Tuesday, July 3, 2012

What She Taught Me---Kindness

"Wild: From Lost to Found on the PCT" by Cheryl Strayed

If you are looking for some literary critique you won't find that here. Today I thought long and hard about what it is about a writing that makes it universally more legitimate than others. For example, if you read the critique of the 50 Shades trilogy, they are rough. Her writing is characterized as sloppy and other mean things. I thought the books were great! Guess I don't have an eye for "good" writing. There are food snobs, literature snobs, music snobs, wine snobs, food snobs etc. These people have what they consider to be a superior knowledge or appreciation for the "finer" species of these things. I am simple. I like what I like and I don't what I don't.

Now for Wild: The book was good, it was not a page turner and I was not deeply or emotionally moved. At least not more than in a superficial way. I could relate to Cheryl wanting to escape herself and being her own worst enemy. And that is about it.

The sweetest part of her book and the reason I kept reading was her encounters with humanity. People at their best. People who offer help and kindness to others for the simple reason that they are human. It's rare that you get a moment to reflect on those millions of little kind gestures people offer you in a lifetime. Being kind is so undervalued. We say, "Do one kind thing a day." blah blah blah. Do you really do it?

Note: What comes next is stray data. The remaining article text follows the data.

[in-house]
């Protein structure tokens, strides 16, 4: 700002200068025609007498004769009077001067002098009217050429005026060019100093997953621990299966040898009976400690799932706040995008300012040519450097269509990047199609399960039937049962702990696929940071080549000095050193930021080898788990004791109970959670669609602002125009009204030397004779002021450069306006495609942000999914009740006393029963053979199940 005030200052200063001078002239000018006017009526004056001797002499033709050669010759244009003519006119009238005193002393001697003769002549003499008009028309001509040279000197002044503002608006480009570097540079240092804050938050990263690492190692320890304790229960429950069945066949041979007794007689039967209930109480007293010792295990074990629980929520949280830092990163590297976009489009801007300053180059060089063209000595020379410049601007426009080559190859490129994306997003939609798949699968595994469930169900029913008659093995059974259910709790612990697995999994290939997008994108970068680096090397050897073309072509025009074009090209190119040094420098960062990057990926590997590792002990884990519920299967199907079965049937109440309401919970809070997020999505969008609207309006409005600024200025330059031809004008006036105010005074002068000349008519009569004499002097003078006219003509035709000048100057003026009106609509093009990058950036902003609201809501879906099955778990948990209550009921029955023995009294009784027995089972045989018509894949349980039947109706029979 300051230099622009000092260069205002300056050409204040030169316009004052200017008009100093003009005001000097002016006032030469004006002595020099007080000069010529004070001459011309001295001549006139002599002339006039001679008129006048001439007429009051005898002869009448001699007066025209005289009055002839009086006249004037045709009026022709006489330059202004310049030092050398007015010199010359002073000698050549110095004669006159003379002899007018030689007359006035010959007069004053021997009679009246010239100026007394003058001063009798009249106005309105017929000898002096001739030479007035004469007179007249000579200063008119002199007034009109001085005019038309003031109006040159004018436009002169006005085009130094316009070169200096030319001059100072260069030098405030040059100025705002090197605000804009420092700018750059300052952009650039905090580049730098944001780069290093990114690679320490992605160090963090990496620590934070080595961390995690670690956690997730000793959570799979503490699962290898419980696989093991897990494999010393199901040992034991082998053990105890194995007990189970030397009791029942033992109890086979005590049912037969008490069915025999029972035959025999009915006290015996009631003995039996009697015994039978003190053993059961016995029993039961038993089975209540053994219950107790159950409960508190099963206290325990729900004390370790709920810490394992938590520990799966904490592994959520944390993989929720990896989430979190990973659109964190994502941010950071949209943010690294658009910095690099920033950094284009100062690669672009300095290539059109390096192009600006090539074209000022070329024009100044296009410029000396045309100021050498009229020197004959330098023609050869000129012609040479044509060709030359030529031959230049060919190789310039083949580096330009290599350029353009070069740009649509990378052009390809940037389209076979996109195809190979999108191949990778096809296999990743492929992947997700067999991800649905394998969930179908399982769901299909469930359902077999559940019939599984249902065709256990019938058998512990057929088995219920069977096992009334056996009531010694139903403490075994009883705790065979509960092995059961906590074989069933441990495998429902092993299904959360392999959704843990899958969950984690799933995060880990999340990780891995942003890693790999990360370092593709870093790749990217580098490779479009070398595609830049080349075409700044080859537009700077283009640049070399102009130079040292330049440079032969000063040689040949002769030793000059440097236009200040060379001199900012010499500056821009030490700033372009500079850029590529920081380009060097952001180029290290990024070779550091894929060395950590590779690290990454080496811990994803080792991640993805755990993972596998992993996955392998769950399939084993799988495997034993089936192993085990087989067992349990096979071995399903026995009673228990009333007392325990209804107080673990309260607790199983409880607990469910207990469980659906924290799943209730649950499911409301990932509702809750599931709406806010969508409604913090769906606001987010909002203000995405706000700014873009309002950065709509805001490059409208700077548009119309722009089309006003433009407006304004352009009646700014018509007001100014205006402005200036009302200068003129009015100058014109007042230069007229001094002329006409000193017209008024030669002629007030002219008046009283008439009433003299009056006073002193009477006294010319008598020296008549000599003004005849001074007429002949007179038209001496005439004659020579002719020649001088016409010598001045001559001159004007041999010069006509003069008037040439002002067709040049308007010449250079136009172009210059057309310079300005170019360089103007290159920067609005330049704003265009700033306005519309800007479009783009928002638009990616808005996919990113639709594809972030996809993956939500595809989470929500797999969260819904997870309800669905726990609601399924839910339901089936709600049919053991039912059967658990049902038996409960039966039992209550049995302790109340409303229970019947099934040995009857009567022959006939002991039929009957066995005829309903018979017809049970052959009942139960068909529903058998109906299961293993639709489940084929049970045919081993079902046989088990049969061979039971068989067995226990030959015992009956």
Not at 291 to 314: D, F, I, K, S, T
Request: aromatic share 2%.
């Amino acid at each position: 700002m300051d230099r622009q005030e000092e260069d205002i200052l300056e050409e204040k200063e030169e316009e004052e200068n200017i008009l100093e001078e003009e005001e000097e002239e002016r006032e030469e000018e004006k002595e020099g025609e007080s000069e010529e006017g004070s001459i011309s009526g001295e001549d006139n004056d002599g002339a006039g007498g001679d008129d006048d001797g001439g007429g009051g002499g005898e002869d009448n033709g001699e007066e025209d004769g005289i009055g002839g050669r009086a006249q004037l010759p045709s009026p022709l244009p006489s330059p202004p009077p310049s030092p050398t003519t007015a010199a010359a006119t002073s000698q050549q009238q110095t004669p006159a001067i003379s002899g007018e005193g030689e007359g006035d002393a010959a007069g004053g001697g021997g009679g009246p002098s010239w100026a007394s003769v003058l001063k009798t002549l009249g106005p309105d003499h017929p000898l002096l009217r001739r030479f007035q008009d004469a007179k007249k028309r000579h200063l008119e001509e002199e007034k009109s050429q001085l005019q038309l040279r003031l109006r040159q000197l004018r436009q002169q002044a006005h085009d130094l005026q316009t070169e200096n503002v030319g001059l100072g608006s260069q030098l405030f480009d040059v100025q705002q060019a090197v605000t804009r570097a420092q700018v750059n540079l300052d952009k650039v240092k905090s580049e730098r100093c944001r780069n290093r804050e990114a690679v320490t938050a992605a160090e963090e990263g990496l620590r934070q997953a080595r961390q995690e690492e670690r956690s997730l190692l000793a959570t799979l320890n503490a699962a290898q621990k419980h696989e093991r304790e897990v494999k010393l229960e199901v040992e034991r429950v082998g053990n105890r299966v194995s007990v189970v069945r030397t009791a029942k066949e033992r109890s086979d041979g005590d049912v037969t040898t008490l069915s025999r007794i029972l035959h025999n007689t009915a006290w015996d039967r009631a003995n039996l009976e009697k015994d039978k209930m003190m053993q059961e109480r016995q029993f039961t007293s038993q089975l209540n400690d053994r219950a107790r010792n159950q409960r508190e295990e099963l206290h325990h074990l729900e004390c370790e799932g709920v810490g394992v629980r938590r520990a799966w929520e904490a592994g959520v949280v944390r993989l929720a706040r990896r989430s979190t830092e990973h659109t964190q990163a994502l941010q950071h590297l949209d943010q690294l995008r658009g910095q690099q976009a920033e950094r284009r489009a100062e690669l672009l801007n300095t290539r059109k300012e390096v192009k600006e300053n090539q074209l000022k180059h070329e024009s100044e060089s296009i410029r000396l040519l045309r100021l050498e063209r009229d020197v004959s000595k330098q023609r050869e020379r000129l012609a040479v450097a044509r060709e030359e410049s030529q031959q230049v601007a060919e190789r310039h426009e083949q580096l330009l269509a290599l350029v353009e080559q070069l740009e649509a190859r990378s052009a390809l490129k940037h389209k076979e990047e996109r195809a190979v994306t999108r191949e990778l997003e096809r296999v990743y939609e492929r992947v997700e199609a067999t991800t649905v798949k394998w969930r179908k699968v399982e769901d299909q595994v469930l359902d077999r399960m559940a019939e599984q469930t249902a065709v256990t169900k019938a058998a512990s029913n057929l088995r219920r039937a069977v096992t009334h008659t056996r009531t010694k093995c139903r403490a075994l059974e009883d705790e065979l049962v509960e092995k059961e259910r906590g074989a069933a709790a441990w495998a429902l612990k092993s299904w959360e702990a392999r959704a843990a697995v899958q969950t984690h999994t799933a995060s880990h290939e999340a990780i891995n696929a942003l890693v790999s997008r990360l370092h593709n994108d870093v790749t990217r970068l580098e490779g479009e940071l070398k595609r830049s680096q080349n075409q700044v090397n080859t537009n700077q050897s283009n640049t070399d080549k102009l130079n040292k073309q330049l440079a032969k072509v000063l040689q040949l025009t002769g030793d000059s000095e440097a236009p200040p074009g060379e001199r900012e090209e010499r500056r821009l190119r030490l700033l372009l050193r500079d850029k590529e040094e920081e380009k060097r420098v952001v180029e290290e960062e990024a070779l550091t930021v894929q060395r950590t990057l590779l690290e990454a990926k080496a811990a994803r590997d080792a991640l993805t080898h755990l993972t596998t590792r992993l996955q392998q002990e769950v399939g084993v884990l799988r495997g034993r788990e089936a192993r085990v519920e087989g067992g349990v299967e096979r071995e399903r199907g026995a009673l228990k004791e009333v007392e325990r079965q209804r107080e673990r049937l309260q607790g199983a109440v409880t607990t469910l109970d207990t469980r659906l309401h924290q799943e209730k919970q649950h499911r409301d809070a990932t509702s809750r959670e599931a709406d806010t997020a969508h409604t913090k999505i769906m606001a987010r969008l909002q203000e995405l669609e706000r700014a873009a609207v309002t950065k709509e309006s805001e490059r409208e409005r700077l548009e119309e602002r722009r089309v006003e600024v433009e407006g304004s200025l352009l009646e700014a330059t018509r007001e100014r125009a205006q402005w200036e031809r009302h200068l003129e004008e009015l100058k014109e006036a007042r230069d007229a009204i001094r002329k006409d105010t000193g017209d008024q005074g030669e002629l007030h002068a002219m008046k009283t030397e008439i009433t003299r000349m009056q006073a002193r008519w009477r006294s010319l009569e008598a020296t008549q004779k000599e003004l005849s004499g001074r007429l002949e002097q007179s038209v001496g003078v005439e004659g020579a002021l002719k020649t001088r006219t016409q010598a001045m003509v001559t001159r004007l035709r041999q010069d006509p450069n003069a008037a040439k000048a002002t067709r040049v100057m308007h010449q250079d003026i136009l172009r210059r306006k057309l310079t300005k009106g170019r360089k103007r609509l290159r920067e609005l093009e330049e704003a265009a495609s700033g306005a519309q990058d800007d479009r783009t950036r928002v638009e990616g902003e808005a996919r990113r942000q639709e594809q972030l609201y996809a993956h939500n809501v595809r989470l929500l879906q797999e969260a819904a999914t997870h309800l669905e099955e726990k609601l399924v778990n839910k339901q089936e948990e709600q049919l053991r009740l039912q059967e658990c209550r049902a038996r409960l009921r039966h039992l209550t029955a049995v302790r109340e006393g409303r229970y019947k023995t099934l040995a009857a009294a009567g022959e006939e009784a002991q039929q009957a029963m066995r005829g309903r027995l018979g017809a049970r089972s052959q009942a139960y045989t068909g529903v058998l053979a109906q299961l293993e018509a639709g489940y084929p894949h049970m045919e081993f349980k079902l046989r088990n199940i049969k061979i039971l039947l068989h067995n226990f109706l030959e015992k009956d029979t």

When you have nothing else to occupy your thoughts and you are hungry, cold, tired, and helpless the very smallest gestures of kindness mean the world to you. This reminds me of my airport issues. I hate airports because I absorb everyone's feelings. If I see someone crying, my eyes water, its a burden and a blessing to be so empathetic. Obviously my sensitivities are exactly what make me such a tortured soul but at the same time when something good happens it ignites my soul in a way others may never feel in a lifetime. So with the sadness comes a profound appreciation for life, love, and human nature. Be nice to each other. Slow down, be patient and remember everyone comes from a different place.

Sometimes just smiling at someone with a genuine understanding that we all have our own demons and we have a story. Look someone in the eyes and let them know that you hear what they are saying and you are not judging them. Don't be afraid to be taken advantage of---

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